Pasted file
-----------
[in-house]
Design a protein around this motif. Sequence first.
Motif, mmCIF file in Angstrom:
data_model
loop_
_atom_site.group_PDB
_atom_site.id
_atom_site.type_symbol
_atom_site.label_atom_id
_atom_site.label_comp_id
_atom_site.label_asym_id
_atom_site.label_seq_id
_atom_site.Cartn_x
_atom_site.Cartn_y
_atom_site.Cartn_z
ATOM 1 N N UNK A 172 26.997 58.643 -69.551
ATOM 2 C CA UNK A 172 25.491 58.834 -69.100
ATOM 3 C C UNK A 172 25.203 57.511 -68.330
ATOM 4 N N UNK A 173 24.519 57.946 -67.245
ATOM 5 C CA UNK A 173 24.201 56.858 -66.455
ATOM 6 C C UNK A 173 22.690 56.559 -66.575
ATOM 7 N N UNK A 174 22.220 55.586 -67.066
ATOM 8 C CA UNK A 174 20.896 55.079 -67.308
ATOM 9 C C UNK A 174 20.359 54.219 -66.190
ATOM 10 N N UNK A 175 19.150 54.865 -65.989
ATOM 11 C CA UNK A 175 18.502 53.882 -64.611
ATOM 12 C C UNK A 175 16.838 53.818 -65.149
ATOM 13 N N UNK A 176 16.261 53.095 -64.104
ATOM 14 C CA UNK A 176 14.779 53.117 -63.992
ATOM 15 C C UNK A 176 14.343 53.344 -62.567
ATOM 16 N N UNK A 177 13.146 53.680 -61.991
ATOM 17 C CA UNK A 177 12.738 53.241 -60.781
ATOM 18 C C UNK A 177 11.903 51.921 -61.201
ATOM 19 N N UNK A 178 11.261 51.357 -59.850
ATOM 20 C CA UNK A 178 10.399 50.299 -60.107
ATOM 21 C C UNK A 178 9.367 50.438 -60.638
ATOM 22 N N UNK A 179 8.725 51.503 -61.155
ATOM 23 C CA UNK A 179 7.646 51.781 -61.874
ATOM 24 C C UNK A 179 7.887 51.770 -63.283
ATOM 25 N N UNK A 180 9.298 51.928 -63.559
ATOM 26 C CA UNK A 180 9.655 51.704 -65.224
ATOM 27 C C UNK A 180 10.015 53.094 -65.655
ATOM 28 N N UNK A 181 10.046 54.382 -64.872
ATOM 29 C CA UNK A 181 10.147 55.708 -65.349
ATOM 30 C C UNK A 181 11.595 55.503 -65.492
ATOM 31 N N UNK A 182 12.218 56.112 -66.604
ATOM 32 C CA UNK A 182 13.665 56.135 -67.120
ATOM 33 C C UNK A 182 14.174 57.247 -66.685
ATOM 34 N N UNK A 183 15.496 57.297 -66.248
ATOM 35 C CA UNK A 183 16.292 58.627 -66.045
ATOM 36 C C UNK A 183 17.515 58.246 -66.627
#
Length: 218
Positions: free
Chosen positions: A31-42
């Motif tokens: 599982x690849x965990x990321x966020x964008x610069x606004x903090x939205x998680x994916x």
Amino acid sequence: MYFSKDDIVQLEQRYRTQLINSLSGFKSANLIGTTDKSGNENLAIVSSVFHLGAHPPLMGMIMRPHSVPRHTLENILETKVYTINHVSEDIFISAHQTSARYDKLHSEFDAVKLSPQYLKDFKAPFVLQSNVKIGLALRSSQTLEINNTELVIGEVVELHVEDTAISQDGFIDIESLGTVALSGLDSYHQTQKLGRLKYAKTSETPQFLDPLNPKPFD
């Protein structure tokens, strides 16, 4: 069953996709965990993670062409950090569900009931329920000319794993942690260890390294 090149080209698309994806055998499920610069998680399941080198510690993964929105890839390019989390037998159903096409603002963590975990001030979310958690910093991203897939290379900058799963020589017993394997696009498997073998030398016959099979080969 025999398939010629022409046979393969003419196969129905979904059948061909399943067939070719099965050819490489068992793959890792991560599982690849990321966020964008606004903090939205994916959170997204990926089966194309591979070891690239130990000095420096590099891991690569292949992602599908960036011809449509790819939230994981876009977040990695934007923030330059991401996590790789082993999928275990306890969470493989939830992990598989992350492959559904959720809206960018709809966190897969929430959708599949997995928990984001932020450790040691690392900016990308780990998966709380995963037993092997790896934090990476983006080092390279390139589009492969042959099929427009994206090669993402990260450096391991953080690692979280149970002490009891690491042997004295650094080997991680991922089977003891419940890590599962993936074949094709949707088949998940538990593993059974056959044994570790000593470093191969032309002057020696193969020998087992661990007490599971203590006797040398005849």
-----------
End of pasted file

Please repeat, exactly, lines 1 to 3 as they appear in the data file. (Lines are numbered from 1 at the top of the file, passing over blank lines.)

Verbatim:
[in-house]
Design a protein around this motif. Sequence first.
Motif, mmCIF file in Angstrom: